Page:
Research actions: There are two main actions in this research direction that will be implemented in the framework of the Inria Project Lab (IPL “ Modeliscale”, see https://team.inria.fr/modeliscale/ for partners and details of the research program):

$\phantom{\rule{1.em}{0ex}}•$Structural analysis of multimode DAE : When a hybrid system is described by a Differential Algebraic Equation (DAE) with different differential indices in each continuous mode, the structural analysis has to be completely rethought. In particular, the re-initialization rule, when a switching occurs from a mode to another one, has to be consistently designed. We propose in this action to use our knowledge in complementarity and (distribution) differential inclusions  [30] to design consistent re-initialization rule for systems with nonuniform relative degree vector $\left({r}_{1},{r}_{2},...,{r}_{m}\right)$ and ${r}_{i}\ne {r}_{j},i\ne j$.

$\phantom{\rule{1.em}{0ex}}•$Cyber–physical in hybrid systems modeling languages : Nowadays, some hybrid modeling languages and tools are widely used to describe and to simulate hybrid systems (modelica , simulink , and see  [53] for references therein). Nevertheless, the compilers and the simulation engines behind these languages and tools suffer from several serious weaknesses (failure, weird output or huge sensitivity to simulation parameters), especially when some components, that are standard in nonsmooth dynamics, are introduced (piecewise smooth characteristic, unilateral constraints and complementarity condition, relay characteristic, saturation, dead zone, ...). One of the main reasons is the fact that most of the compilers reduce the hybrid system to a set of smooth modes modeled by differential algebraic equations and some guards and reinitialization rules between these modes. Sliding mode and Zeno–behaviour are really harsh for hybrid systems and relatively simple for nonsmooth systems. With B. Caillaud (Inria HYCOMES) and M. Pouzet (Inria PARKAS), we propose to improve this situation by implementing a module able to identify/describe nonsmooth elements and to efficiently handle them with siconos as the simulation engine. They have already carried out a first implementation  [51] in Zelus, a synchronous language for hybrid systems http://zelus.di.ens.fr. Removing the weaknesses related to the nonsmoothness of solutions should improve hybrid systems towards robustness and certification.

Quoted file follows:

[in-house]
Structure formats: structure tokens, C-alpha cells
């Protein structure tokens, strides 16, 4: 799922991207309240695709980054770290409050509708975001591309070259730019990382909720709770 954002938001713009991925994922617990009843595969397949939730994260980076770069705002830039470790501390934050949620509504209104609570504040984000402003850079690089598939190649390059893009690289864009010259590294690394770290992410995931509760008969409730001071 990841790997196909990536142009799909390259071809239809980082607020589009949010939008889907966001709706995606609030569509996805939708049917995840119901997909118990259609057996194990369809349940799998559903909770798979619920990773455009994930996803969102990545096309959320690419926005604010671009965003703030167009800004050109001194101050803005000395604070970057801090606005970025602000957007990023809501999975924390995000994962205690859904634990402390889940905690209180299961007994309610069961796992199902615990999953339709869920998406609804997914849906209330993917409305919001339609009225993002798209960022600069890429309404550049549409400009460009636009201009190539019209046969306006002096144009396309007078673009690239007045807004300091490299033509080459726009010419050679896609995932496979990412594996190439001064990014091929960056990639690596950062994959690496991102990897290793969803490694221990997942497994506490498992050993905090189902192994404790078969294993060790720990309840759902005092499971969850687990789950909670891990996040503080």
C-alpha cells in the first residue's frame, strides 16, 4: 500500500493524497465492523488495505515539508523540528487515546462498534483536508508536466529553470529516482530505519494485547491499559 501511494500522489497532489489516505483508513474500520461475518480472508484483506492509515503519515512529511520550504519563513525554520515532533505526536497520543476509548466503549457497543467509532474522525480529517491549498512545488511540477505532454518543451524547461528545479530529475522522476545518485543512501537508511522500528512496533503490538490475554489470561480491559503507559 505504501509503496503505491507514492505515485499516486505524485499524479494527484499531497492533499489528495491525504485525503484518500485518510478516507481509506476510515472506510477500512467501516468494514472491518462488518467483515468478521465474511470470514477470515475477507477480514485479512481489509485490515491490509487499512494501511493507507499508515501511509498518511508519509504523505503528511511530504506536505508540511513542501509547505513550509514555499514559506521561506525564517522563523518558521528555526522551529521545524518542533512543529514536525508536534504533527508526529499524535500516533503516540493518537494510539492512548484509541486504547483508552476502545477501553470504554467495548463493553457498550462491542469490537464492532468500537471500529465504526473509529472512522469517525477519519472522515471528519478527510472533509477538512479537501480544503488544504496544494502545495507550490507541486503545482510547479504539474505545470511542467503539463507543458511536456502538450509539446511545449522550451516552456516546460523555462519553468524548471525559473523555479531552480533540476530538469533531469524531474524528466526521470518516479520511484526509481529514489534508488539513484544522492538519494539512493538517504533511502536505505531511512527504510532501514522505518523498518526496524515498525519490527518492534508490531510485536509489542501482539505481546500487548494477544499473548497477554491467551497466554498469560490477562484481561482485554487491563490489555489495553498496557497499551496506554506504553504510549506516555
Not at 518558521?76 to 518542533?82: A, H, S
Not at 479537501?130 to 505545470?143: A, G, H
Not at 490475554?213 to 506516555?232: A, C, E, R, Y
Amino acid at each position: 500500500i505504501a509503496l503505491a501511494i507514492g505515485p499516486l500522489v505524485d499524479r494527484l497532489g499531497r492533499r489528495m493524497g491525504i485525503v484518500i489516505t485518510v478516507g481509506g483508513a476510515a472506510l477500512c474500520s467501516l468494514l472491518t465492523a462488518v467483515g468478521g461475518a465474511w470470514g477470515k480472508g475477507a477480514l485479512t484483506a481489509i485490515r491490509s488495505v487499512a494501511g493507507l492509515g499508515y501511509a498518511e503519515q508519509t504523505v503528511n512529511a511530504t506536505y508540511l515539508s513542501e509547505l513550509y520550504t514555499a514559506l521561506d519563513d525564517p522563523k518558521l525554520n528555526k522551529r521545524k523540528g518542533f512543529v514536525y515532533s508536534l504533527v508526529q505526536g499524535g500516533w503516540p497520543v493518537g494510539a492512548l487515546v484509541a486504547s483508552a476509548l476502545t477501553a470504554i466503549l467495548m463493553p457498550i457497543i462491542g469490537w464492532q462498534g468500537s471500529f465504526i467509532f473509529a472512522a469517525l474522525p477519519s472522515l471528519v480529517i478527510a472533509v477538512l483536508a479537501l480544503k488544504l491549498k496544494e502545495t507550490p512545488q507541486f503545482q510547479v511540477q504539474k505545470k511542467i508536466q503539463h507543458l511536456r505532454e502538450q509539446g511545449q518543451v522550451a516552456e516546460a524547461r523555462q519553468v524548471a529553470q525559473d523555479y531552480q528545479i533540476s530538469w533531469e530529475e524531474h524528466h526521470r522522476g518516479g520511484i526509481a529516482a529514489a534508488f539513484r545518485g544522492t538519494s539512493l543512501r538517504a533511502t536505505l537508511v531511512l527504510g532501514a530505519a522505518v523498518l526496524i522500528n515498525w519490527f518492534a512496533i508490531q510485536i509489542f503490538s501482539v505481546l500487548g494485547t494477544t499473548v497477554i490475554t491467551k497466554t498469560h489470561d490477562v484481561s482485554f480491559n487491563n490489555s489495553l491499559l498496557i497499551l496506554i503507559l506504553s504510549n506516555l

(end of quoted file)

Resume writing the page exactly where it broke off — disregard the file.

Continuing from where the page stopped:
$\phantom{\rule{1.em}{0ex}}•$A general solver for piecewise smooth systems This direction is the continuation of the promising result on modeling and the simulation of piecewise smooth systems  [35]. As for general hybrid automata, the notion or concept of solutions is not rigorously defined from the mathematical point of view. For piecewise smooth systems, multiplicity of solutions can happen and sliding solutions are common. The objective is to recast general piecewise smooth systems in the framework of differential inclusions with Aizerman–Pyatnitskii extension  [35], [60]. This operation provides a precise meaning to the concept of solutions. Starting from this point, the goal is to design and study an efficient numerical solver (time–integration scheme and optimization solver) based on an equivalent formulation as mixed complementarity systems of differential variational inequalities. We are currently discussing the issues in the mathematical analysis. The goal is to prove the convergence of the time–stepping scheme to get an existence theorem. With this work, we should also be able to discuss the general Lyapunov stability of stationary points of piecewise smooth systems.